Goodman Theatre molds Tom Stoppard’s harrowing play into an incredibly human package
Review by Barry Eitel
If anyone knows about the transitive power of music, it would be the Czechs. In 1989, the oppressive Communist government of Czechoslovakia was peacefully overthrown in the “Velvet Revolution,” termed after the band The Velvet Underground. The subversive yet inspiring properties of rock music played a major role in bringing democracy to the country.
In his newest play, Rock ‘n’ Roll, produced by the Goodman Theatre, Tom Stoppard depicts the events leading up to the Velvet Revolution. The play begins amid Soviet tanks rolling into Prague to switch out the progressive government, ending the reformative “Prague Spring” of 1968. However, the play does far more than document Czech history; winding over twenty-two turbulent years, Stoppard intertwines the lives of characters that span different nations, political systems, generations, and ideologies. The Chicago premier of the play, directed by the inspired Charles Newell, stuffs all of the love, loss, and intense intellectual debate into an incredibly human package. And with the best soundtrack on-stage right now, the Goodman production leaves plenty of room for a little rock and roll along the way.
Set designer John Culbert transformed the massive Albert Stage into a concert venue, complete with scaffolding and speakers so massive they could make every ear in the audience bleed. The colossal scale of the set matches the epic tone of the play, which can move thousands of miles from scene to scene. In order to switch from location to location quickly, furniture on platforms is rolled out from the wings and sometimes huge pieces are dropped from the flies. Christopher Akerlind’s lighting design accentuates Culbert’s set smartly. All of the design melds brilliantly together—the space seems more like a Bonnaroo stage than the Goodman theatre.
Timothy Edward Kane is an expressive, vivacious Jan, the Czech doctor of philosophy/rock’n’roll fanatic that the play follows. Kane’s performance captures all of the forces tugging at Jan’s psyche as he attempts to balance his ideals, his relationships with those around him, and his harsh reality under the suppressive regime. Perhaps most importantly, Kane bursts with Jan’s intense passion for music. As Jan’s mentor in Marxism, Max, Stephen Yoakam is fiery. It is heart-wrenching to watch as he clutches to obsolete ideologies as his English world, including his family, abandons them as the Cold War thaws. Another stand-out performance is Goodman veteran Mary Beth Fisher, who plays Max’s wife Eleanor and, twenty years later, his daughter Esme. She differentiates and contrasts the generational gap clearly, as well as having some of the most emotional intense moments in the production.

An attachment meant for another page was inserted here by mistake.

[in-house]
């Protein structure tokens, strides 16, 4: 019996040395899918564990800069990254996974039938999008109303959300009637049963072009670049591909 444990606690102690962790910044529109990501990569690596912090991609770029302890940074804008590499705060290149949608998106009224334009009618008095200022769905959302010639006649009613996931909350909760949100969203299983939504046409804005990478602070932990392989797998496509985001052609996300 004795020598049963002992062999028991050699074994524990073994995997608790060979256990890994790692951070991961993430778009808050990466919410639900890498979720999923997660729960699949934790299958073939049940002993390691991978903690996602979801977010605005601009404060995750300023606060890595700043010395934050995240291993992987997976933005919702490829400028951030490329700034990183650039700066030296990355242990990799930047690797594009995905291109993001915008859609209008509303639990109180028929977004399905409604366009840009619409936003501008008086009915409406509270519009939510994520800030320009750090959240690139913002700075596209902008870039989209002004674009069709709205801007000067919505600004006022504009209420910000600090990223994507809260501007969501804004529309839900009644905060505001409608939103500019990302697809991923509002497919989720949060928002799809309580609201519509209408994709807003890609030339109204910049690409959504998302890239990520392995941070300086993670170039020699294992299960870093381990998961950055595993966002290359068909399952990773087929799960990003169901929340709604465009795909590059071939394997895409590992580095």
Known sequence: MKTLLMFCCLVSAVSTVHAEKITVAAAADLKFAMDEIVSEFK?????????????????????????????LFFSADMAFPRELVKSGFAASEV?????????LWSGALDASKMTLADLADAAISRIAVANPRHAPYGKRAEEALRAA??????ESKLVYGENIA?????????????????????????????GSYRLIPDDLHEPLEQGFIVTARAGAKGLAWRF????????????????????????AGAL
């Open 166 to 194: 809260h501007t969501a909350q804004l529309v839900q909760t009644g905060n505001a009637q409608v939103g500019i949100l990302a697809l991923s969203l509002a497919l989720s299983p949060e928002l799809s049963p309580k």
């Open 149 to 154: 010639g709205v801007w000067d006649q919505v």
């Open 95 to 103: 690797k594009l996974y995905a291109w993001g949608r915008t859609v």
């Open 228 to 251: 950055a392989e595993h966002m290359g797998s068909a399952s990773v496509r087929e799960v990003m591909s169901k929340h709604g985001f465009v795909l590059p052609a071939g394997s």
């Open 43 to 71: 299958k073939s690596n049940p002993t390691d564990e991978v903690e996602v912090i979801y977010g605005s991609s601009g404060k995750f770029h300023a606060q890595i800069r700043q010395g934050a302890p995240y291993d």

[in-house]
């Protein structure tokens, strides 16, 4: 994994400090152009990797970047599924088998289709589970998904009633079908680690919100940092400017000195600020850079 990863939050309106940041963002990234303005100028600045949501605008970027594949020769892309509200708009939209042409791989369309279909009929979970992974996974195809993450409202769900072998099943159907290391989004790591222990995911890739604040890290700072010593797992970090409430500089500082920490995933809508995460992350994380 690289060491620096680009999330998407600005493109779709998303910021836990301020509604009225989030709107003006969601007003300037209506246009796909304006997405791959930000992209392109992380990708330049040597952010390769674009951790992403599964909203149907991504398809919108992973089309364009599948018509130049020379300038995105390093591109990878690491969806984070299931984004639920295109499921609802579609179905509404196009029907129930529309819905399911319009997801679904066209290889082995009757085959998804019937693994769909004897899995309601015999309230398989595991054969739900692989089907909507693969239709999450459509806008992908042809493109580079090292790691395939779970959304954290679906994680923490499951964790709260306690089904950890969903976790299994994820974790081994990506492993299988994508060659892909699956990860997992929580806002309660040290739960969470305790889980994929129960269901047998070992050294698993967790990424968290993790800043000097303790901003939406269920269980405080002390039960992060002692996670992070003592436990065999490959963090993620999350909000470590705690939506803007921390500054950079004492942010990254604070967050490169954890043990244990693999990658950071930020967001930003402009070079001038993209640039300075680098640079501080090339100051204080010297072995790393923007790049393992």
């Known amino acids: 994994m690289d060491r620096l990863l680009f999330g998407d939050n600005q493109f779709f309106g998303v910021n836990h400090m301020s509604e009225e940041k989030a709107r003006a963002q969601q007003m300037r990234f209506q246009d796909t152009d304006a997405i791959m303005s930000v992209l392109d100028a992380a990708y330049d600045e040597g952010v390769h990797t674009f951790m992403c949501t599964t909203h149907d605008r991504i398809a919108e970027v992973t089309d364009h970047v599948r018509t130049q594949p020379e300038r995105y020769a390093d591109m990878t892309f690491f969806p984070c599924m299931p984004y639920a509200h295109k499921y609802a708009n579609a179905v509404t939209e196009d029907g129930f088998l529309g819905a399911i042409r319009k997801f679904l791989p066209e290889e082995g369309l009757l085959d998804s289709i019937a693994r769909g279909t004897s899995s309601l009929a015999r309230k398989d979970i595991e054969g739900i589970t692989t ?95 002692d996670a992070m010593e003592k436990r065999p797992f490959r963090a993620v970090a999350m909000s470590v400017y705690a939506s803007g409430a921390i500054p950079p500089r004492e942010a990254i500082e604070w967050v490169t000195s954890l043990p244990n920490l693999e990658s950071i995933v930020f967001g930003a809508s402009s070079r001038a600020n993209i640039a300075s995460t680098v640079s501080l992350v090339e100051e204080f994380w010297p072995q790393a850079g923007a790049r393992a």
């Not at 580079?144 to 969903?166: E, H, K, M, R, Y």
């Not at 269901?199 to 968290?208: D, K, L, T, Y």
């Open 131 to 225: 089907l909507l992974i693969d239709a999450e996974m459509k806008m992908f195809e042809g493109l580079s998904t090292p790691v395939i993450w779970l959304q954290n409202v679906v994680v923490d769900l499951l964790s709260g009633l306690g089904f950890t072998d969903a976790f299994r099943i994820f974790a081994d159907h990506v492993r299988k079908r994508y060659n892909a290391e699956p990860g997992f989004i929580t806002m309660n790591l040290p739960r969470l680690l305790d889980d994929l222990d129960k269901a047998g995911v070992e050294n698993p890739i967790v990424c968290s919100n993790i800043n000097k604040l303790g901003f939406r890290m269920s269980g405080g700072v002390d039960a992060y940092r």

Newell nails the theatricality of Stoppard’s play, punching up the classic rock world as much as possible. He uses a mysterious piper (a limber Greg Matthew Anderson) to string the story together, having him weave himself among the scaffolding. The “enlightened” Esme confuses the Robert Smith look-a-like for the god Pan. It turns out the ghostly figure might be Pink Floyd’s estranged frontman, Syd Barrett. But the piper maintains a spritely aspect about him, staying eternally young as everyone else ages. This is just one of many examples of how the production captures the imagination instead of sticking inside realistic world. Newell’s daring stylistic choices really pay off, keeping the play exciting while also preserving the human struggle.
Like most Stoppard, the play is highly intellectual and not for everybody, and occasionally the pace slackens during the debates. But even if you don’t understand the Sappho references or Socialist theory, the vibrant relationships linking the characters are still extremely powerful. The captivating language also maintains a tight grip on the audience, even if some of the content requires a masters degree.
This is arguably Stoppard’s finest work, and the Goodman’s production celebrates both the rock spectacle and the inspiring humanity of the story. The audience is left reminded that our world is constantly warping and flowing, like a deep ocean of ideas, cultures, and human connections.
- Stoppard’s Rock ‘n’ Roll on stage
- A Backstage Pass to Rock ‘n’ Roll (Director Charles Newell and the cast talk about Tom Stoppard’s newest play, Rock ‘n’ Roll.)
Below: Stark differences between “Prague Spring” and the “Velvet Revolution”
On the left – Molotov Cocktails thrown during the bloody Prague Spring uprising. On the right, flowers (given to policemen) are used in the peaceful overthrow of the Czech/Soviet Republic in what is now known as the “Velvet Revolution”